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Q: Are there any advantages to K-2 grades being in a separate school from the 3-6 grades -- as opposed to a K-6 grade system where all the children are in a neighborhood school?
A: There are both advantages and disadvantages to having schools set up in a K-2 and 3-5 or 3-6 configuration. Children in a K-2 school seem to feel confident in their setting and don't have to worry about being around "big kids" who could pick on them. It's also easier to tailor programs and services to the children when there is a narrow range of ages.
On the other hand, it's difficult for children finishing second grade to move to a new school; this type of move is easier for older children as they finish fifth or sixth grade and move to middle school or junior high. Schools that have a wider range of grades (K-5 or K-6) are frequently able to get more services for gifted children and for those who need additional academic help.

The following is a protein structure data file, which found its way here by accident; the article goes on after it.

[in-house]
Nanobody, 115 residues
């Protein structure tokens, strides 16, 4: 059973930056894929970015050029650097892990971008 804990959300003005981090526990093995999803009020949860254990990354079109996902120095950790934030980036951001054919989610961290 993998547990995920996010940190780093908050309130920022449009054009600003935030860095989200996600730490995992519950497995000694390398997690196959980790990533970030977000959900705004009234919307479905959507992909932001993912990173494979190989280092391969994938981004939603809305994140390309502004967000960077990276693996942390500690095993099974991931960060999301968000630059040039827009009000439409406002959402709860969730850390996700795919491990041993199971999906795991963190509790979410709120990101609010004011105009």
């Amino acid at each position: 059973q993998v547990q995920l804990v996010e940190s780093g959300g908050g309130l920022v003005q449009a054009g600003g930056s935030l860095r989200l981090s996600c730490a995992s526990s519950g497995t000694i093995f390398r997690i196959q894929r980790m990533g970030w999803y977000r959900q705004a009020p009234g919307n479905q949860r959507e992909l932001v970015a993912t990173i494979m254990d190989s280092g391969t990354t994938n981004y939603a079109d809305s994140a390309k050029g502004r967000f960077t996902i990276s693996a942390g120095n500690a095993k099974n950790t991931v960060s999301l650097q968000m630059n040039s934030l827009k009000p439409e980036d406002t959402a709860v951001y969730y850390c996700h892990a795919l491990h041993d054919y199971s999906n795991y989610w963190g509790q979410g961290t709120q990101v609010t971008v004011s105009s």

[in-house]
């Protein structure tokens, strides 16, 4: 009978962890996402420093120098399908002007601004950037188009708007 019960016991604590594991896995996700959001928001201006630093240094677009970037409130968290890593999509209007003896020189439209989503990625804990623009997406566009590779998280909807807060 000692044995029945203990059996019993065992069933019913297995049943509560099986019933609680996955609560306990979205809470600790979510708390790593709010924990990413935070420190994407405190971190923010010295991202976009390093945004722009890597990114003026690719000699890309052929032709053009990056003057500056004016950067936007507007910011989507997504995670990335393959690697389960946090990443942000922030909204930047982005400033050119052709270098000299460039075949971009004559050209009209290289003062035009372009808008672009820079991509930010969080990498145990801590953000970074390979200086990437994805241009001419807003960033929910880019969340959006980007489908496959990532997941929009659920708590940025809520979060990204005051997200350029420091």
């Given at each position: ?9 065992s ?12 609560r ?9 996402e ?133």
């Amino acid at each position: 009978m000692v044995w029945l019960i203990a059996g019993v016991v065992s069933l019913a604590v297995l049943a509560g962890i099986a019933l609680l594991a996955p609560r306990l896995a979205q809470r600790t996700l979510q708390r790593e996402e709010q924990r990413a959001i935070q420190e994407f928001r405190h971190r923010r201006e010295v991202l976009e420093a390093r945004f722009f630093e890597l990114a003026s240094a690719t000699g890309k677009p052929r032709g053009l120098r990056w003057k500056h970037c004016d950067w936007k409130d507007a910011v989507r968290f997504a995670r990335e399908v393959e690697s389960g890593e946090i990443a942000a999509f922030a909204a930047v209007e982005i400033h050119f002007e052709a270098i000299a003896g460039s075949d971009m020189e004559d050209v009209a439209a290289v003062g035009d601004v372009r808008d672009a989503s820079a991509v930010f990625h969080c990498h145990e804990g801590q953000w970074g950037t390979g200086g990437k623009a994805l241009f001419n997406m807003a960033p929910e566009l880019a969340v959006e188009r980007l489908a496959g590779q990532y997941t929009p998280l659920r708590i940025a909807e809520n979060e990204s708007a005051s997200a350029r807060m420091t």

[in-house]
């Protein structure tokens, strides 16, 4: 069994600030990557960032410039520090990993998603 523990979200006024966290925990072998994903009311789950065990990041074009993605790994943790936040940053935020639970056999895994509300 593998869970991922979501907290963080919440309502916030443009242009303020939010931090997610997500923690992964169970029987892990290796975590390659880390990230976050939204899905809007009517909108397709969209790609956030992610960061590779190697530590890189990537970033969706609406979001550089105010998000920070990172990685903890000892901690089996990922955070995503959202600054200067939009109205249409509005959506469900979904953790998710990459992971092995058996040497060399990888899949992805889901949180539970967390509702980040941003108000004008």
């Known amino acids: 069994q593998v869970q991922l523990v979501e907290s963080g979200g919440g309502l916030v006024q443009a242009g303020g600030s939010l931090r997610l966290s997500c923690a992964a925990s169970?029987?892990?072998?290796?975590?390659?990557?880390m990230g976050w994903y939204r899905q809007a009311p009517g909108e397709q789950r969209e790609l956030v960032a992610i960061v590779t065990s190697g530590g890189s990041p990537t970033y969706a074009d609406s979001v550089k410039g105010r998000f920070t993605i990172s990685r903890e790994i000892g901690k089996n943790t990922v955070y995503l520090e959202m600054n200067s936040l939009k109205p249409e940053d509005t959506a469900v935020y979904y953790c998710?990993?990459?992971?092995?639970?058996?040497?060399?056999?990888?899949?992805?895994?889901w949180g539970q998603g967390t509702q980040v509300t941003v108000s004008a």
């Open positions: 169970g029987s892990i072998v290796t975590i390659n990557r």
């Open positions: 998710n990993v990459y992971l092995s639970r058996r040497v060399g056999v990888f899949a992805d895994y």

There are several websites you may want to check for specific research information. Look at the National Association for the Education of Young Children (www.naeyc.org), the National Association of School Psychologists (www.nasponline.org), or the Educational Resources Information Center (www.askeric.org) for links to research study results.
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Barbara Potts has worked as an elementary school counselor for many years. She has a BA in psychology from Wake Forest University, and an M.Ed. in Guidance and Counseling from the University of North Carolina at Greensboro.